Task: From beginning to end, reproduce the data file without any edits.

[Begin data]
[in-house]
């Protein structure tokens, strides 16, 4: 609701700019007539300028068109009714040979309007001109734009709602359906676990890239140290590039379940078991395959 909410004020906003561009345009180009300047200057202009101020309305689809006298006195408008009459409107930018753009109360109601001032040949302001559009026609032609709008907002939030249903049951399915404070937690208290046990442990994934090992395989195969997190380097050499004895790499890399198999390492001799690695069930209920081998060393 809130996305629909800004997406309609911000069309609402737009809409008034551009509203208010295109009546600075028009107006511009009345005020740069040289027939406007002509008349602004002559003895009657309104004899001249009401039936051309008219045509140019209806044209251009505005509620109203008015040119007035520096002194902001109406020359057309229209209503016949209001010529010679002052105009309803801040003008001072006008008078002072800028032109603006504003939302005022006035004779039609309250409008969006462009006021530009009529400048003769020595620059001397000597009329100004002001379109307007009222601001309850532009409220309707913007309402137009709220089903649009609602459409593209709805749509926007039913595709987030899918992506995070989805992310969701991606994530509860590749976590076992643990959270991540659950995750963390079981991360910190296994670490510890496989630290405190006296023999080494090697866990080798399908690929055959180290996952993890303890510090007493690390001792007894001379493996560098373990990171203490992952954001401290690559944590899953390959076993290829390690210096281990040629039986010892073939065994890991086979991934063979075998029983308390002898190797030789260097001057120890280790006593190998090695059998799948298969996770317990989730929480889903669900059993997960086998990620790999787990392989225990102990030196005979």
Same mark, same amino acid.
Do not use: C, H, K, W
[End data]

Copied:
[in-house]
């Protein structure tokens, strides 16, 4: 609701700019007539300028068109009714040979309007001109734009709602359906676990890239140290590039379940078991395959 909410004020906003561009345009180009300047200057202009101020309305689809006298006195408008009459409107930018753009109360109601001032040949302001559009026609032609709008907002939030249903049951399915404070937690208290046990442990994934090992395989195969997190380097050499004895790499890399198999390492001799690695069930209920081998060393 809130996305629909800004997406309609911000069309609402737009809409008034551009509203208010295109009546600075028009107006511009009345005020740069040289027939406007002509008349602004002559003895009657309104004899001249009401039936051309008219045509140019209806044209251009505005509620109203008015040119007035520096002194902001109406020359057309229209209503016949209001010529010679002052105009309803801040003008001072006008008078002072800028032109603006504003939302005022006035004779039609309250409008969006462009006021530009009529400048003769020595620059001397000597009329100004002001379109307007009222601001309850532009409220309707913007309402137009709220089903649009609602459409593209709805749509926007039913595709987030899918992506995070989805992310969701991606994530509860590749976590076992643990959270991540659950995750963390079981991360910190296994670490510890496989630290405190006296023999080494090697866990080798399908690929055959180290996952993890303890510090007493690390001792007894001379493996560098373990990171203490992952954001401290690559944590899953390959076993290829390690210096281990040629039986010892073939065994890991086979991934063979075998029983308390002898190797030789260097001057120890280790006593190998090695059998799948298969996770317990989730929480889903669900059993997960086998990620790999787990392989225990102990030196005979």
Same mark, same amino acid.
Do not use: C, H, K, W